Friday, April 12, 2013

Skin Deep

There are evenings when my wife will spend a little extra time in the bathroom putting on these anti-aging creams and 'dewrinklers' as if she was a piece of linen. She comes back smelling like fragrant mud. I admire her persistence of always keeping herself nice and looking young. I started dating her when she was 29 years old. And may lightening strike me, I still see her as 29. I ask her why does she even bother with these rituals if her skin is naturally beautiful and young, just like her mom's. She says, "Well I have dark circles under my eyes ---see? And I have wrinkles in places I never saw before."  I stare at her face --- I see the 29 year old I fell in love with. I honestly never see any flaws on her. There was even a time when Mad 'thought' she had put on weight. I never noticed. To me, she was the same beautiful and curvy woman I fell in love with. Since then, she has lost all the weight she put on, but the fact is, I never even realized it until she told me when she reached her goal of getting back to 'herself' again. I always saw her as fit. Maybe that only proves that true love is literally blind to all 'thought to be' flaws and imperfections. Even when I started putting on weight, nothing other than "beautiful" was her word to describe me, as I cringed each morning stepping out of the shower into the full length mirror. There are times when I look at an old photo of myself and notice the drastic changes in my face and think, "How can she love me now?" She met me when I was 19 yrs old. At 39, I look much different. I still receive "I love yous" at least 5-10 times a day either through text messages or while having breakfast or dinner together, and especially before we go to sleep, even when I'm feeling ugly.

Mom at 19 years old...and still just as beautiful.
Sometimes we change with age, sometimes we change with stress and other times (luckily), we seem to not change at all. I admit, I'm sitting here right now procrastinating dying my gray roots. I still want to catch my wife's eyes, and yet, I know that I'm fully accepted even with my hair up in a tie wearing a pair of ripped jeans and a tee. What about the bigger picture though? To those out there who berate one another for not looking "good enough" for them or pointing out their so called flaws. My Dad used to always say, "Doesn't ya mutha' look beautiful?" I remember him saying this all the time, even as a kid, until the day he could no longer speak. He also reminded his children that they were beautiful all the time too. We can grab onto all of those comforting phrases like, "beauty is only skin deep" and "she's beautiful on the inside". Even with plus size women, they tend to have these sayings, "embrace your curves" or "weight doesn't matter" - and to some degree, in a healthy point of view, weight actually does matter in that aspect. But in terms of the beauty - the "love" that can exude from that one person to another, that's the beauty that cannot be touched or tampered with. It's the spirit of the person - the soul that thrives outward into the world that says, "My outer appearance does not define who I am." How sad is it to see a woman with a beautifully 'symmetrical' face, a perfect and slim body with beautiful hair think of herself as "ugly" and "fat"? In fact, I knew a few of these women who seem to think they're not pretty enough or not thin enough, when the truth is --- other people see them as "perfect". That's the type of torture I would never want to have: the constant battle of keeping perfect. I know I'm saying "she" a lot, but there are a lot of young men and older men who are very self-conscious of their appearances.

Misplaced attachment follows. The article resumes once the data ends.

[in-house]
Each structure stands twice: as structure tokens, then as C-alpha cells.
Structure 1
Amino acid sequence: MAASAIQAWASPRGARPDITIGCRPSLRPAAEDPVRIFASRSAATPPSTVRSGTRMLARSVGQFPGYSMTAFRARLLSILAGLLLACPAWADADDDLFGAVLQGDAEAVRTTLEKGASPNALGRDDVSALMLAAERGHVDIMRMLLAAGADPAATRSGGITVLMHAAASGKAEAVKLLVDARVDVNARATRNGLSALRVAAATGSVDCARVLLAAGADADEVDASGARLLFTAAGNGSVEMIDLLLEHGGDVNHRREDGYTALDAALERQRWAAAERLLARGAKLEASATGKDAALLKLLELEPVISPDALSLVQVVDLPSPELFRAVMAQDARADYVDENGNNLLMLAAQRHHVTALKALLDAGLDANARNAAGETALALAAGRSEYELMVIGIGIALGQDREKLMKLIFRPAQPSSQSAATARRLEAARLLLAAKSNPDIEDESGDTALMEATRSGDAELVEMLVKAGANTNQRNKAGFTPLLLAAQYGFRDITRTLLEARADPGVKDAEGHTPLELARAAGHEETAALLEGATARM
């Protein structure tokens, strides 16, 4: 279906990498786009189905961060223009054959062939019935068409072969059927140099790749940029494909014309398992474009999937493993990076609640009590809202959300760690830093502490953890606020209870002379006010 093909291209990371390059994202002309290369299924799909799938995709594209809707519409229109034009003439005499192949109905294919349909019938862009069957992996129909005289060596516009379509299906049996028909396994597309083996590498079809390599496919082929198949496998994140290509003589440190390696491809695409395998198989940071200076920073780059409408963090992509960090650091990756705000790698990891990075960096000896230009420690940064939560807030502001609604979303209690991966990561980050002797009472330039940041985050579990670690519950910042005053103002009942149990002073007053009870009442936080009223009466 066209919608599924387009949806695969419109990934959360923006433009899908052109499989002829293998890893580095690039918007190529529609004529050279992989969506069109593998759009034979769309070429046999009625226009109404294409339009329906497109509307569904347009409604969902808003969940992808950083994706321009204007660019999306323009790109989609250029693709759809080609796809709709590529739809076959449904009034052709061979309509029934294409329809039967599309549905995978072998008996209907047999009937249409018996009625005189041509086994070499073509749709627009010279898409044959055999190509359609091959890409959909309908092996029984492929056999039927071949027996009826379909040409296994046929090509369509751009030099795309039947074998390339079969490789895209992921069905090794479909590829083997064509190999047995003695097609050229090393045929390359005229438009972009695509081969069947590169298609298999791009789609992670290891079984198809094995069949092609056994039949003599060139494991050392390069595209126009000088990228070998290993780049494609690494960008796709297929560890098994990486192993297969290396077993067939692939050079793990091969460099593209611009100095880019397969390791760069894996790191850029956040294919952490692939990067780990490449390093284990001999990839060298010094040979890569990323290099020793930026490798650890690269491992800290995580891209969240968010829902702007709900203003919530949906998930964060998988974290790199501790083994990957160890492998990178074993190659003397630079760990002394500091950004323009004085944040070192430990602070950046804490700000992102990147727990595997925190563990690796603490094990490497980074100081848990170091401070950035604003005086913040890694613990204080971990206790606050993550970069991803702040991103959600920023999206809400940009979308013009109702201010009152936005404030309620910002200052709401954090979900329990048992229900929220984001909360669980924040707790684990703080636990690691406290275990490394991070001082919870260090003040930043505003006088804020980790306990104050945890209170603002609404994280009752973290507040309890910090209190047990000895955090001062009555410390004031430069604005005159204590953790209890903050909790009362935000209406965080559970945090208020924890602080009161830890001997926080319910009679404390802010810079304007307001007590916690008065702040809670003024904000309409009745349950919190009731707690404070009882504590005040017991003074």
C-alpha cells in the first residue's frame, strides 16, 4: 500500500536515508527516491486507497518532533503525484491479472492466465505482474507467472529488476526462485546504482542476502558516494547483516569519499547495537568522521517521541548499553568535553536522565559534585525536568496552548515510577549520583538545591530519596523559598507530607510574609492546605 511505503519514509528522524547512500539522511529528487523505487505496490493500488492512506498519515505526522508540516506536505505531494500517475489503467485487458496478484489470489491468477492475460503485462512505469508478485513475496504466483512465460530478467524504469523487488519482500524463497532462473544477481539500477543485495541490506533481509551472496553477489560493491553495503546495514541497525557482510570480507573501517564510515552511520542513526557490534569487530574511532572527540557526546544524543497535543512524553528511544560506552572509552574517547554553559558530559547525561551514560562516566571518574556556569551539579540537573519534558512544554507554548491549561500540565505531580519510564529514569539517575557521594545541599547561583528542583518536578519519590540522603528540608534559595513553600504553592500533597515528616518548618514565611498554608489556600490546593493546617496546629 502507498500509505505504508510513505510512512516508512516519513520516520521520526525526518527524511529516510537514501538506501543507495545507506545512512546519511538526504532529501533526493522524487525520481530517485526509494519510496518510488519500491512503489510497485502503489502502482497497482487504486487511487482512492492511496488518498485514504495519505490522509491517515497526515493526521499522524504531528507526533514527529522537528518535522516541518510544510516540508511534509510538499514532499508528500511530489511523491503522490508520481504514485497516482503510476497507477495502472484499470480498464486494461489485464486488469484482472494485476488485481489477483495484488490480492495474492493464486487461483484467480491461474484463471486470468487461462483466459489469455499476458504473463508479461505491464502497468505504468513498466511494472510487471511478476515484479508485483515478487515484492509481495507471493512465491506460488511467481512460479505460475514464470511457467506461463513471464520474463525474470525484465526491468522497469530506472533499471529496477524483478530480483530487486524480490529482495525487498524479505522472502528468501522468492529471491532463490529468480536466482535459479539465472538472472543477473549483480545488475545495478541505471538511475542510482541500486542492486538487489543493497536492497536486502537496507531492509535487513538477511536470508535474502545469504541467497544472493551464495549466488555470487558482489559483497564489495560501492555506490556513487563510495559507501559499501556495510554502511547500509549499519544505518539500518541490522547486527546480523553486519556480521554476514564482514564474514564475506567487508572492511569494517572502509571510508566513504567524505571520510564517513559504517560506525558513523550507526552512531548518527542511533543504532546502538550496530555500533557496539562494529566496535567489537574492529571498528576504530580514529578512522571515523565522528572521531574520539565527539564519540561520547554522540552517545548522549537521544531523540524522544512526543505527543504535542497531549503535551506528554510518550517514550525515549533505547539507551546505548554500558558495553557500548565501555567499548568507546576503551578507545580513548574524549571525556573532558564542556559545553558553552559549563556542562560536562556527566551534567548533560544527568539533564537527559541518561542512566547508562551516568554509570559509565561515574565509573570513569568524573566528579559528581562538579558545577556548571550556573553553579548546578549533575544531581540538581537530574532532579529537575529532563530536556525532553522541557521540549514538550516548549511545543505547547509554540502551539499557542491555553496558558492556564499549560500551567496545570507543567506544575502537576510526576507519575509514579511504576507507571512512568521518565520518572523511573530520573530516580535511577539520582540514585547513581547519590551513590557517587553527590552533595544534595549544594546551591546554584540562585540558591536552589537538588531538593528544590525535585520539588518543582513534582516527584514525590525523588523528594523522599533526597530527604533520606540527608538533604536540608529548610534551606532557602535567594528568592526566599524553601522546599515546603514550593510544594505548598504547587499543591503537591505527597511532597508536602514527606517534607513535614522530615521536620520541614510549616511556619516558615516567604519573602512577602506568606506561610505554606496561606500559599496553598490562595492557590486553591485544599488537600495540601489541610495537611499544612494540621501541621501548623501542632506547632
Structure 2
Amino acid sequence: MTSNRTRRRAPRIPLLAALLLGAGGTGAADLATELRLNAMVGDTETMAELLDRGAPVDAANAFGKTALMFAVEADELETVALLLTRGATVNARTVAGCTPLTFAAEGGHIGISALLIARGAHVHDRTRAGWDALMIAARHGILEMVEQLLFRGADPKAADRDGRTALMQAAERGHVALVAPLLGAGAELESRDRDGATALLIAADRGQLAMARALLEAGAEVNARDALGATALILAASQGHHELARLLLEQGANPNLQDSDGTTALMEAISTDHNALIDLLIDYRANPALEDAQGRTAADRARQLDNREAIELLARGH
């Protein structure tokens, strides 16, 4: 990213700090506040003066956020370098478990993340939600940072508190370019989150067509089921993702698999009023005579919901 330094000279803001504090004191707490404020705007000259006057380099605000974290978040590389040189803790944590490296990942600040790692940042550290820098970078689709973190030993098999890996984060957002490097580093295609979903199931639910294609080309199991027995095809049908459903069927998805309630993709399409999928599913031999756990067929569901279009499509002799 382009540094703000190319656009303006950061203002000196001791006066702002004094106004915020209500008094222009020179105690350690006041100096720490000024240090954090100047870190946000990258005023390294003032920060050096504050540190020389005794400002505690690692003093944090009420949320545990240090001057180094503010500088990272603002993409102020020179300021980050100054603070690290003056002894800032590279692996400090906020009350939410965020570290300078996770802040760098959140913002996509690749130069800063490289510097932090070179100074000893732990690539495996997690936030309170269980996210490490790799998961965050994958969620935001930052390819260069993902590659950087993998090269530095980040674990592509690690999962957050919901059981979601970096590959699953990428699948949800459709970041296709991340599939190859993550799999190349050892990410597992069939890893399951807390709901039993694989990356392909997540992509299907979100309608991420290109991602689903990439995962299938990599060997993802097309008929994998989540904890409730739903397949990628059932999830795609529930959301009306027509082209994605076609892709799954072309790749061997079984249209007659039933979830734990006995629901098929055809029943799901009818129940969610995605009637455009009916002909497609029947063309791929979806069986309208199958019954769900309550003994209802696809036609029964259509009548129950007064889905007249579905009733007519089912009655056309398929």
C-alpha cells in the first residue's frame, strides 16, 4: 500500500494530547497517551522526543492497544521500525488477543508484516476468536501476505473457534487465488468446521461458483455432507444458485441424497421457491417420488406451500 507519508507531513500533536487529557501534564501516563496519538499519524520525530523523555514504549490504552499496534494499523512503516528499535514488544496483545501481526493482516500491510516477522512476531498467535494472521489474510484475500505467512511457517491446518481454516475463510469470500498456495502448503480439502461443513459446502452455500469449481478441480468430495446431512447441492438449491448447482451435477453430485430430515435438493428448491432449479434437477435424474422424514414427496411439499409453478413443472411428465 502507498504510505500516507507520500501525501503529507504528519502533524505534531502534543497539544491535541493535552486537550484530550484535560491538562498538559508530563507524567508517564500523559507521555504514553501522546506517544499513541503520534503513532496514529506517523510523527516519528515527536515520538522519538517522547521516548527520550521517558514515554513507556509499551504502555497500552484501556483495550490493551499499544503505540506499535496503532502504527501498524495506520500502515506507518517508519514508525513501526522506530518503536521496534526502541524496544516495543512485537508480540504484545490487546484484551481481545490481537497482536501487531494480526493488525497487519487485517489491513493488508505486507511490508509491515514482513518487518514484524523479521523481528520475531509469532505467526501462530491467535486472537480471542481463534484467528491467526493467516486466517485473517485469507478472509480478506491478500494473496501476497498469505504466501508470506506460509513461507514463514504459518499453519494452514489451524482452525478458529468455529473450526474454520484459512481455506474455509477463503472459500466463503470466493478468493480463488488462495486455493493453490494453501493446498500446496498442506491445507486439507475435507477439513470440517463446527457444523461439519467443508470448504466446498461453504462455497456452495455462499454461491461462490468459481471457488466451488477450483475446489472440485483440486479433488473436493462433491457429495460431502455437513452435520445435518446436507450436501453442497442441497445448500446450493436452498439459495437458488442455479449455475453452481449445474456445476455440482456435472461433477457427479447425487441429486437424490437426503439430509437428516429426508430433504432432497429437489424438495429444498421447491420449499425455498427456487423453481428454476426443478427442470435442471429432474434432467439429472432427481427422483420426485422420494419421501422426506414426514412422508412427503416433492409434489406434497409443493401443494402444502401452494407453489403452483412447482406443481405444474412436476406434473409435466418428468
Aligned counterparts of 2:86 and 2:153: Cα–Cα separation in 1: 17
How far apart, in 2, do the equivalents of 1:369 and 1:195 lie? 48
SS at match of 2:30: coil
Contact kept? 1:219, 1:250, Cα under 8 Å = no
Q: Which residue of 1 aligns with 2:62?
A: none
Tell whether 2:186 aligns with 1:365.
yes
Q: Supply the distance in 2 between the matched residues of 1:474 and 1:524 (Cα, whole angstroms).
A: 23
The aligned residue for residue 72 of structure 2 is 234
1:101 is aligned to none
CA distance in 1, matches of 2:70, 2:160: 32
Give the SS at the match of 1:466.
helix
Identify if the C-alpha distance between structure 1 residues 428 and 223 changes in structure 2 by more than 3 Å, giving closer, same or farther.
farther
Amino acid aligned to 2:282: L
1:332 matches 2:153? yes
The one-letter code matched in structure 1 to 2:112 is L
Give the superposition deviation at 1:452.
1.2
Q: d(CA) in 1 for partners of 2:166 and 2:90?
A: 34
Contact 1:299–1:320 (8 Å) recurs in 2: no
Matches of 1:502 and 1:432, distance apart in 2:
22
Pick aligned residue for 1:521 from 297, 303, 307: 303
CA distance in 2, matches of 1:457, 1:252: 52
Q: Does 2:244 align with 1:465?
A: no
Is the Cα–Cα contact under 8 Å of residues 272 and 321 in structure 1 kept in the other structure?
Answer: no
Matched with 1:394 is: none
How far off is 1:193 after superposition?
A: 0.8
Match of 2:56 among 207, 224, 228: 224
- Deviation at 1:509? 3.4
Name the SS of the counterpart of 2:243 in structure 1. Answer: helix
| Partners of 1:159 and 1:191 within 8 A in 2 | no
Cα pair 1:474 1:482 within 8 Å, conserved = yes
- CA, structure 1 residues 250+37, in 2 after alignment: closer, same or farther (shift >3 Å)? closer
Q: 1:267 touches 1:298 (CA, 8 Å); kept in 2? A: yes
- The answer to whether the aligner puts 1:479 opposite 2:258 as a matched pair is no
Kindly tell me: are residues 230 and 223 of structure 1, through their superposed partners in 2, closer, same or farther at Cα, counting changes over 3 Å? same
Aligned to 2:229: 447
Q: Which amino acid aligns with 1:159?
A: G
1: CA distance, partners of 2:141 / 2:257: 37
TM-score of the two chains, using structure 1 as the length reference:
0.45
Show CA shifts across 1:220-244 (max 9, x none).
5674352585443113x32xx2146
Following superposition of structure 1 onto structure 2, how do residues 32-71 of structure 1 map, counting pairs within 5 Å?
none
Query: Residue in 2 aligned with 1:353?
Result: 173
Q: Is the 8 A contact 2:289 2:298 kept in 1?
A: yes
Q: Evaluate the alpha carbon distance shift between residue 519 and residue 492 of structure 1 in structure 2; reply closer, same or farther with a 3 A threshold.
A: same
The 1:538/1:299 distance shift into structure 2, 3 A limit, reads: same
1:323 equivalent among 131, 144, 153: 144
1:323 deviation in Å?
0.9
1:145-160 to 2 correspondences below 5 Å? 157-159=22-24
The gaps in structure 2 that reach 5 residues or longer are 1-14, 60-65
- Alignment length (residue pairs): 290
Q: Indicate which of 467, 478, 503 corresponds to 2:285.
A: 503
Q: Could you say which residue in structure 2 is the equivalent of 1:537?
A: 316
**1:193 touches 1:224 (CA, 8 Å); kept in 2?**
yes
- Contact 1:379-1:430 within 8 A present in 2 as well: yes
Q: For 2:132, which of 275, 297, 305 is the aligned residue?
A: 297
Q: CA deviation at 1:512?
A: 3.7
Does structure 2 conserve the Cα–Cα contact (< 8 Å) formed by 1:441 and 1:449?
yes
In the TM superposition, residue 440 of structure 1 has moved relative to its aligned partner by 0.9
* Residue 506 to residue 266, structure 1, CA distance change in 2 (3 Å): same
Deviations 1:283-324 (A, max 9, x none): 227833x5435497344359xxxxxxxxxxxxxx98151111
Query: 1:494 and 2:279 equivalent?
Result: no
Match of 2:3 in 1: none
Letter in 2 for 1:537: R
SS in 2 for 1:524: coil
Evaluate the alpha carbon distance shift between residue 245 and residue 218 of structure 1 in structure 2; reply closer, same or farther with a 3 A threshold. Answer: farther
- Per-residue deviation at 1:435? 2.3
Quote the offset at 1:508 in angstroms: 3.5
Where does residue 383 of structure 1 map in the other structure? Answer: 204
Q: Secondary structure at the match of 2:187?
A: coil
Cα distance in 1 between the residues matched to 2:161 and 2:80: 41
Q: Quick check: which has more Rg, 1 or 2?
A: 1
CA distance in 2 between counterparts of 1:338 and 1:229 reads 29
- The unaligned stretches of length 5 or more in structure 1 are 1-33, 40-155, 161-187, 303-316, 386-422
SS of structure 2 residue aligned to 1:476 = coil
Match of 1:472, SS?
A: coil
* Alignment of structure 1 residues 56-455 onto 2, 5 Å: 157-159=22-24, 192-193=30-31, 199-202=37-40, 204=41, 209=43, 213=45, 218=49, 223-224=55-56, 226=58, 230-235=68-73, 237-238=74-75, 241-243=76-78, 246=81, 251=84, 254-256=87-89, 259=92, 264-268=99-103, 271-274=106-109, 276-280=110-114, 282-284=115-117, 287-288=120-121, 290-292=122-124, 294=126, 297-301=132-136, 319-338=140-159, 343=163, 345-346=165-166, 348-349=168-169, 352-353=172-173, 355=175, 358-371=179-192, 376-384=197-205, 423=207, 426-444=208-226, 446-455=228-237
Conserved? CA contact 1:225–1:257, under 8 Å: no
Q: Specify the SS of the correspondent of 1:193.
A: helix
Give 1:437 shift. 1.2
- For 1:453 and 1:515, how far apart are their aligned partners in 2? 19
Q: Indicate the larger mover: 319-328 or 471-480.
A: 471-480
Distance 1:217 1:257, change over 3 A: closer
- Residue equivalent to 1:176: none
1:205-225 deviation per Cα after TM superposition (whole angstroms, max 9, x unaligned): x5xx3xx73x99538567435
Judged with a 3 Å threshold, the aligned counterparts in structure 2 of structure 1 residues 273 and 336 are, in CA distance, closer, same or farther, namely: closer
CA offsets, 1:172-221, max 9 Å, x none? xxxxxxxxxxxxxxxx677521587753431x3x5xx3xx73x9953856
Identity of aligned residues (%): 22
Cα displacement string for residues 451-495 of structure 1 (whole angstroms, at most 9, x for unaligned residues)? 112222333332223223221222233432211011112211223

You know how much of a grammar nazi I am, but I love it! 
Instagram now has an online beauty pageant where young girls can go online, take a self portrait of themselves and see how many "likes" they get. There is no prize for winning other than being the prettiest of the bunch, but the one who loses may also lose their self-esteem and self-worth in the process, and perhaps their own life if thought to be the "ugly duckling".  This contest is so incredibly destructive to kids who are trying to get validation that they're "pretty" enough or "hot" enough. A few weeks ago, I noticed a friend of mine (who is probably in her late thirties like me) who was posting semi-racy photos of herself. She's such a cute woman, dresses trendy and she has a great sense of humor, but her photos screamed, "Please, someone tell me I'm pretty!" One photo was a bit too much for me, granted she did look beautiful, but I was afraid that if I did "like" it, that it would seem inappropriate. So I left it alone. Many other of her friends left it alone too. She then put a status message up that said, "WTH?? Why didn't anybody like my last pic?" She felt really bad about herself that nobody attempted to "like" it. I called her out on it and said, "You don't need to do that. You're such a beautiful girl and you don't need validation from anyone to let you know you're pretty." She then admitted to me that her ex-husband used to call her "ugly" and made fun of her weight problem, so she lost like 50 lbs and began to feel better about herself. But she still needed validation from others. How can someone who claims they truly love you, tell you that you're "ugly" or make fun of a weight problem in a destructive way? The "ugly" part I don't get. Why did you pursue them to begin with? If your partner is having a weight problem, exercise with them or cook healthy meals -- constructive solutions --if that person wants it.  If someone feels the need to criticize someone else's appearance - even through frivolous chatter amongst friends, it only tells me that the person speaking has a lot of self-esteem issues. Sometimes, you have to read deeper into it.

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